Living Your Best Life at Any Age

Posts tagged ‘aging abundantly’

Why I’m Not Writing a Book

book store

For several years I have been writing a book.  Well, I have been talking about writing a book, thinking about it, taking classes, attending seminars and I’ve even designed the cover of my book.  Except the book never gets written.

Now I am clear: I am NOT writing a book.

I am not writing a book because I like to write. (more…)

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DO YOU SUFFER FROM “WAIDLE” DISEASE?

Many people suffer from this disease and it can be quite debilitating and while not necessarily life threatening, it can interfere with a person’s quality of life, affect personal relationships, careers and even one’s hopes and dreams.

Waidle (sometimes known as Wait-till) can start early in childhood and one expresses thoughts of “Waidle I’m in school” or “Waidle I can ride a bike”.   Mostly, however, the disease is not prevalent in young children as they have a way of enjoying the moment. It usually manifests in adolescence and becomes more serious in young adulthood.

For me the disease was fairly dormant until I was a young adult.   Many of my friends showed symptoms with comments like “Wait till I’m married” or “wait till I’m out of school.” My symptoms appeared in early marriage. It was waidle we move into our new place, waidle we get out of the military, waidle we have real jobs, waidle we have children, waidle we have more money.   Waidle, waidle, waidle. Before I knew it I was thirty, then forty.

Now, I’m not sure when I conquered this disease. Perhaps it is only dormant. It is a now and then thing such as waidle vacation or waidle the big check comes in.

The most unfortunate result of this disease is that you often miss the good stuff. When I look back at my life from this vantage points and think of the best times I realize that I was unaware that I was going through the best times. I think about living at the beach and going to law school. One would think that in my fifties I was well beyond waidle. But I was thinking how my life would be different after I was a lawyer. Now I see those as my halcyon days. Life was good. I didn’t have money but life was good.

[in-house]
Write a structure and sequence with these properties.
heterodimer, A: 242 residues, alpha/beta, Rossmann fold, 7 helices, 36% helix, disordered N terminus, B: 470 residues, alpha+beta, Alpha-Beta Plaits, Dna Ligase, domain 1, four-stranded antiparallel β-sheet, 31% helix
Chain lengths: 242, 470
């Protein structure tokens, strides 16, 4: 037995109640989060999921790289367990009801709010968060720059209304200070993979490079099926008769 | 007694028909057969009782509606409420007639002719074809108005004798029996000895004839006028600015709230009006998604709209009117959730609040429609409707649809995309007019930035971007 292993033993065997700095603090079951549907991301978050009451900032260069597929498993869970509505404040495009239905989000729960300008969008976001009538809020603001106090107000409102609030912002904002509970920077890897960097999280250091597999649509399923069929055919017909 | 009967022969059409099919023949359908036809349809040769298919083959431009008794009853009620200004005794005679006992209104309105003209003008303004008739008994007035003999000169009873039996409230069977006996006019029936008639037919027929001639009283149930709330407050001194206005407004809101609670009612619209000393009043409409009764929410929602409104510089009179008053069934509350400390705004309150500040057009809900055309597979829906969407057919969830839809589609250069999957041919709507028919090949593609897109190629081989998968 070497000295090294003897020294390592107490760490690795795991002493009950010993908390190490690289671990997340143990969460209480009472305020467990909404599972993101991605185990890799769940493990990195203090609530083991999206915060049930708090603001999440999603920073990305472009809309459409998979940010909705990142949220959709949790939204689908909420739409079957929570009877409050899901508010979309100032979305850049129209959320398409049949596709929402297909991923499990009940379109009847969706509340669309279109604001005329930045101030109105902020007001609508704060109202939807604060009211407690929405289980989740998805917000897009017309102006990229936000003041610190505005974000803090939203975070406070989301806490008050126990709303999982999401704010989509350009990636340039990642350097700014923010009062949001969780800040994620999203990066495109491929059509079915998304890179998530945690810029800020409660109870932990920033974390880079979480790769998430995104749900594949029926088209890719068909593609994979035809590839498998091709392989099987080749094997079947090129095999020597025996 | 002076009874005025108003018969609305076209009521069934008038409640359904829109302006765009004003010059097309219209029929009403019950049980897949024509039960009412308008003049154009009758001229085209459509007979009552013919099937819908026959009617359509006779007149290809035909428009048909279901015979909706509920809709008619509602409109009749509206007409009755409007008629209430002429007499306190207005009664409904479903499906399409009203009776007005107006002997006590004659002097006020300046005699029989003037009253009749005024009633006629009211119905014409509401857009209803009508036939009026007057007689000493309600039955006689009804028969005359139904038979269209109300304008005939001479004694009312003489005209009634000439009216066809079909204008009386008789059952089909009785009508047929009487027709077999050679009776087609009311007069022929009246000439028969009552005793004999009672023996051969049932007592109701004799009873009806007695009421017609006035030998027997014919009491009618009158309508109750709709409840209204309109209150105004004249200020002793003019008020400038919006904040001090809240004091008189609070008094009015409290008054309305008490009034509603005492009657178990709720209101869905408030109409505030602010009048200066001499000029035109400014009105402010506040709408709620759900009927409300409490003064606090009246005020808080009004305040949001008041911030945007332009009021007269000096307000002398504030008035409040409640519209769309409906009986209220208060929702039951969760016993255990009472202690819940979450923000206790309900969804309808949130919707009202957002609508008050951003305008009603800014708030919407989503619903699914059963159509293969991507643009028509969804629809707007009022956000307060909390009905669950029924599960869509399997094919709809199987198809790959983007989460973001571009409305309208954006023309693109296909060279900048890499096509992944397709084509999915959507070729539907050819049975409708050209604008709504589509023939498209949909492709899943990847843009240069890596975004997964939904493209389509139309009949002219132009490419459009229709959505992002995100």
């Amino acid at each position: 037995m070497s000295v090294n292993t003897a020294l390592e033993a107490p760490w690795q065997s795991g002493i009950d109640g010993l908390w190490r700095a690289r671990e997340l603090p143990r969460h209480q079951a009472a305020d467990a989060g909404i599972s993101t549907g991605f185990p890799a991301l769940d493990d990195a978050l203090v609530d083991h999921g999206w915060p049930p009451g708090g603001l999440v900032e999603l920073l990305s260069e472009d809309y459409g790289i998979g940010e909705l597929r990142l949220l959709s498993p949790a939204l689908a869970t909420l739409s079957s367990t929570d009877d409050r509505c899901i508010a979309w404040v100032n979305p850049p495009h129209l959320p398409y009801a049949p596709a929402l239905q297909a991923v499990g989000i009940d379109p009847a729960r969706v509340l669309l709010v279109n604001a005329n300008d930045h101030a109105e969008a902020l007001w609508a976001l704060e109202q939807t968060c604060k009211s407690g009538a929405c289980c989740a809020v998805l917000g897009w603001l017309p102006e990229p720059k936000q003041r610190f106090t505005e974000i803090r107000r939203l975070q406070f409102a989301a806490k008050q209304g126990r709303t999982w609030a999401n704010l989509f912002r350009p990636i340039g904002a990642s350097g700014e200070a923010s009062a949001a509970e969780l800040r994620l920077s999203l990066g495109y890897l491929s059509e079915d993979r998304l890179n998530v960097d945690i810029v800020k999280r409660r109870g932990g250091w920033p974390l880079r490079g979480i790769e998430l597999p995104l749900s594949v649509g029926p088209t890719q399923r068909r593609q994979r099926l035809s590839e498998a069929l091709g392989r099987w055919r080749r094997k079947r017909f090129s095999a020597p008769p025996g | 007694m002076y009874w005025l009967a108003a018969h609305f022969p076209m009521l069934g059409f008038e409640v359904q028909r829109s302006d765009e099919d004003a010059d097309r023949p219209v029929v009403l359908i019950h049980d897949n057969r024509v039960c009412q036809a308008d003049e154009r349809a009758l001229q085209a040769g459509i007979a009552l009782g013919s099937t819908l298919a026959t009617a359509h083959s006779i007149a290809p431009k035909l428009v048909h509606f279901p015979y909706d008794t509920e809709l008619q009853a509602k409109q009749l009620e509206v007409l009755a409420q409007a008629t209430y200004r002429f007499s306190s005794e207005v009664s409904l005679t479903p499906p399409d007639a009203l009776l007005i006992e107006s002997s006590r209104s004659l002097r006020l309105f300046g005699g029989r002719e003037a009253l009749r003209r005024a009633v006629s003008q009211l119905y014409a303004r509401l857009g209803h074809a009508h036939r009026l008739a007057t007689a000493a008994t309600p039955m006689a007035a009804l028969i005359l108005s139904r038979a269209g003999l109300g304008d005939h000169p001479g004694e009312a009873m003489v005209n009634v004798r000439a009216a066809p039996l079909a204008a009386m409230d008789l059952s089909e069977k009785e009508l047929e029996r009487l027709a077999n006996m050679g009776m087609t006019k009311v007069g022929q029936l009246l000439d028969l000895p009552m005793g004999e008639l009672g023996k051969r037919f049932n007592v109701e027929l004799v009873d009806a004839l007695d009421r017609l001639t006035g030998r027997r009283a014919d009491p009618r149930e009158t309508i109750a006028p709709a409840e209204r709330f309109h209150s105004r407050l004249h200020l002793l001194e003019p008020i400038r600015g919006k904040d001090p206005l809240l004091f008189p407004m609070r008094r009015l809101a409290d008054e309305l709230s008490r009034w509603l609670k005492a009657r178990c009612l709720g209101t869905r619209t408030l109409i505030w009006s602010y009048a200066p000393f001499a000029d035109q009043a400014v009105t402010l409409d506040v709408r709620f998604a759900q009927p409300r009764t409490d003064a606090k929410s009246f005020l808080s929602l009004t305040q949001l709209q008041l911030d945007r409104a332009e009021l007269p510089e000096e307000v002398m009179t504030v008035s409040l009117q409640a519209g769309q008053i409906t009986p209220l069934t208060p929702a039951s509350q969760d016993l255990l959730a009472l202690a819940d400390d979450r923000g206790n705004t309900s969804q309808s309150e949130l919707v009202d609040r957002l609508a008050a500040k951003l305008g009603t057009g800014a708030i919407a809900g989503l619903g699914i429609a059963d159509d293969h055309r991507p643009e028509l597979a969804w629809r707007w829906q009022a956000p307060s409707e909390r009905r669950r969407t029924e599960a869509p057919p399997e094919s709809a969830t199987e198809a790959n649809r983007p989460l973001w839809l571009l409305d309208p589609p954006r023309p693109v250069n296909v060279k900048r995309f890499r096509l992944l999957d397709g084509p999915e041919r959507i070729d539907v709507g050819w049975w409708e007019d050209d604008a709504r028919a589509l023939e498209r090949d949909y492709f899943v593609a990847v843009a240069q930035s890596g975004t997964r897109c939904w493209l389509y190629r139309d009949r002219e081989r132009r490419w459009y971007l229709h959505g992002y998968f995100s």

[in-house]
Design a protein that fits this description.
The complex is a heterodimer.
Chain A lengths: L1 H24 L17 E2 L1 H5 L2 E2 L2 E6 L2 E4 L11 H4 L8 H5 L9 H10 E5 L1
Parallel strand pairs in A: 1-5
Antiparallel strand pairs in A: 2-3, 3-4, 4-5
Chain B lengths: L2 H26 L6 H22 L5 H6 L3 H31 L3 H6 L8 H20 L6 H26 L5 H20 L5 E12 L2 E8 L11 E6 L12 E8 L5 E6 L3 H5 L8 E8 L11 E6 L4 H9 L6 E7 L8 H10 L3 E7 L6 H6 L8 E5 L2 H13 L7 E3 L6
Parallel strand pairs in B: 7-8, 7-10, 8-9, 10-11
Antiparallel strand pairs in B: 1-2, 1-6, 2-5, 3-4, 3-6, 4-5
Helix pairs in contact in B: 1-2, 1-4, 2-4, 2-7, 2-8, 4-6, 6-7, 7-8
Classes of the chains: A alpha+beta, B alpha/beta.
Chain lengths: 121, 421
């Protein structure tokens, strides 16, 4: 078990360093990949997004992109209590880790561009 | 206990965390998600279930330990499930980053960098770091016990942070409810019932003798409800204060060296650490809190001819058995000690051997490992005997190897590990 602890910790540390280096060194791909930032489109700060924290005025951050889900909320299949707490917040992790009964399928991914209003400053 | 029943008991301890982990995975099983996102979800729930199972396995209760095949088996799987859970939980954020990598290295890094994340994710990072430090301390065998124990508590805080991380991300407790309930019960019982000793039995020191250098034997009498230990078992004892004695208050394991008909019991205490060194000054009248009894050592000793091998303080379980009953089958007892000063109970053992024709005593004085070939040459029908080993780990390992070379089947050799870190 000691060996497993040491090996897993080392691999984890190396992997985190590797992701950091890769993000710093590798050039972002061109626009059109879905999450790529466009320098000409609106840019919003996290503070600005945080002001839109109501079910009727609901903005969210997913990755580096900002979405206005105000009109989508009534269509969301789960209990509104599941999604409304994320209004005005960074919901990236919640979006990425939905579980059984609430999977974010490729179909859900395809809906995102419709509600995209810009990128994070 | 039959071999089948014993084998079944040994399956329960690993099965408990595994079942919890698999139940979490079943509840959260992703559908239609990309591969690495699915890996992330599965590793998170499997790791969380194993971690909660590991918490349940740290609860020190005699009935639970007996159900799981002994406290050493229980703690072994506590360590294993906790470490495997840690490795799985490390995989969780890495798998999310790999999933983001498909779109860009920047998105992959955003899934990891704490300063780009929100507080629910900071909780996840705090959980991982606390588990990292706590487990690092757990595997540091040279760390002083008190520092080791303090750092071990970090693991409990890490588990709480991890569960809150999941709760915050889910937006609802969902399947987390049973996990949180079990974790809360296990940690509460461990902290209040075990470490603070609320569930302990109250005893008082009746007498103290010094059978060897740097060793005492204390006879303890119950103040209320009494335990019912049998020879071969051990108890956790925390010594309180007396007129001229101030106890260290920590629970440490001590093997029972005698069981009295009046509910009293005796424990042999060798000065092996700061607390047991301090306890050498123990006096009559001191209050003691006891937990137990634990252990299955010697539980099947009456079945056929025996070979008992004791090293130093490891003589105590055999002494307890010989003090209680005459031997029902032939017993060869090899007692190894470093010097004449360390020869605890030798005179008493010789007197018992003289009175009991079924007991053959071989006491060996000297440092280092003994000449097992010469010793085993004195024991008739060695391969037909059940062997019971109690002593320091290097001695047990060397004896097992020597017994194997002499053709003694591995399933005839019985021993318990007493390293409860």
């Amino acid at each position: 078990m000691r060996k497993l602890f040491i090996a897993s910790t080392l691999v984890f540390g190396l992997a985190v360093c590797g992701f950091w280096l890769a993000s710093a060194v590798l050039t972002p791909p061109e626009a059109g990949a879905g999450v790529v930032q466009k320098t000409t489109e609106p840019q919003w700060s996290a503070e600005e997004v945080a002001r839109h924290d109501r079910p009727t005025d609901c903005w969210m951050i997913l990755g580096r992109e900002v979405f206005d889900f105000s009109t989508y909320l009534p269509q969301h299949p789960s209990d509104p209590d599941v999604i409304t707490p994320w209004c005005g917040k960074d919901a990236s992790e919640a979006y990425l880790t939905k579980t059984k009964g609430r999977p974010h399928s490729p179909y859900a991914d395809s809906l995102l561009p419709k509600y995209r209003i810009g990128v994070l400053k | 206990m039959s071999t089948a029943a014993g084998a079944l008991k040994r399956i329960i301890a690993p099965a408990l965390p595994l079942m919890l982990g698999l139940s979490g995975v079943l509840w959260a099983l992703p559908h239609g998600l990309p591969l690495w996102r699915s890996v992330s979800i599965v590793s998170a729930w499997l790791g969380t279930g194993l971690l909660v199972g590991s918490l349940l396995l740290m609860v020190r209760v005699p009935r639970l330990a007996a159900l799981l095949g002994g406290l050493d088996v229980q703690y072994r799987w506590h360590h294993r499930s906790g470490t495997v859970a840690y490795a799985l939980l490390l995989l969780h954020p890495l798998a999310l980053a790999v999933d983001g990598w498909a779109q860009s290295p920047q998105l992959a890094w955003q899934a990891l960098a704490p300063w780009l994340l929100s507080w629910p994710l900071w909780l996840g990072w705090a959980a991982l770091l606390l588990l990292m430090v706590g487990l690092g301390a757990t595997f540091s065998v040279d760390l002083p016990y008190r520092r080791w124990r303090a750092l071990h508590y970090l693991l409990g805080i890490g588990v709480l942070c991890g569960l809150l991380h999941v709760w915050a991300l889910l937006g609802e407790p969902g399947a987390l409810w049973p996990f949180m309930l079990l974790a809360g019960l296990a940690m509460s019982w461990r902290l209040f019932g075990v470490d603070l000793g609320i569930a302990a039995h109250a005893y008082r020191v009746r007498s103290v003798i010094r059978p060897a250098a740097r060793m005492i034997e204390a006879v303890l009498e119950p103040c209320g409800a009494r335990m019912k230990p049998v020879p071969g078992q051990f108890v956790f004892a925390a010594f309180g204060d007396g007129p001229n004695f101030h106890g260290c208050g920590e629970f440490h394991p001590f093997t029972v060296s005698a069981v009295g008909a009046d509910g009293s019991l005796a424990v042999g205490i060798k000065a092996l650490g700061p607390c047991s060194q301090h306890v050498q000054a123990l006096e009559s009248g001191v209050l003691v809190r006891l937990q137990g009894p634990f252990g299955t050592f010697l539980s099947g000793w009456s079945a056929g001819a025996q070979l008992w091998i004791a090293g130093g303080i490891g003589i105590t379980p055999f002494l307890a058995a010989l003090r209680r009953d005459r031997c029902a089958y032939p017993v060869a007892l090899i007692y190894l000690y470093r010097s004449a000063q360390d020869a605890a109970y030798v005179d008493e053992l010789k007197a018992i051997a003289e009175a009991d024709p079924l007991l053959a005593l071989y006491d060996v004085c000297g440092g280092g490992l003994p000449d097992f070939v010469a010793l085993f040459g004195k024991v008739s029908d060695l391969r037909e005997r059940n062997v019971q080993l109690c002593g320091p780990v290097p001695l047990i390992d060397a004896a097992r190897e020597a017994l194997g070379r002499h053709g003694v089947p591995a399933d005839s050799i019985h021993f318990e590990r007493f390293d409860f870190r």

Another area this disease affected me was in that I didn’t travel and have adventures. That would always be in some future life. “Waidle I have more money, more time, more companionship”.   For me I think the disease went into remission when I finally started having some adventures. I went to China as my first trip alone. It was part of a tour group from my hometown so it wasn’t a bunch of strangers.

As I was anticipating my 70th birthday I knew I had to conquer the waidle disease. I signed up of a two-week trip down the Colorado River through the Grand Canyon in a wooden dory. Now it would be strangers but I wouldn’t be alone. I think that trip was the first step in overcoming waidle. I came back with a strong desire to overcome this debilitating disease that had taken so much of my life.

I still get outbreaks every now and then. I’m still waiting for the perfect moment, the perfect timing but then I remember that in my seventies I really don’t have much waidle left.Image

What are you doing to overcome the scourge of the waidle disease?

Today I Saw My Future

This is day two of writing challenge
 

I saw myself at what I hope is a distant future

 

I didn’t know it at the time, but today I saw my future and I found some inspiration and some despair.  I was at my grandson’s baseball game which was called because of rain.  As we were leaving a definitely older woman was descending the metal bleachers.  I have become a poor judge of age because some people my age look really old and even some younger folks look older.  But, she was older and using a cane.  She looked down at the bleacher steps with trepidation.  Hey,  I know what it looks like to descend steps with bad knees.  I felt for her.

There she was, all alone with no one to help her.  She must have been there for a grandson and there must be a son or daughter nearby but at that moment she was alone at the top of slippery wet metal bleachers.  I could tell she wanted to be independent but at the same time I wanted to offer assistance. Not in a condescending way but in some way that would help her down but preserve her dignity.

I offered my hand but that wasn’t enough.  I asked her to hold my arm.  Finally I was able to just pick her up and bring her to the bottom step where she could get her footing.  I gave myself a mental pat on the back that all that weight training allowed me to lift her.  I think the fact that another “senior” was helping made it OK.  No loss of dignity.  One senior helping another.  She mentioned that age was bringing infirmity and my reply was my standard quip:  “It beats the alternative”

At that point we made eye contact in mutual recognition.   We even hugged each other   Yes,  it beats the alternative.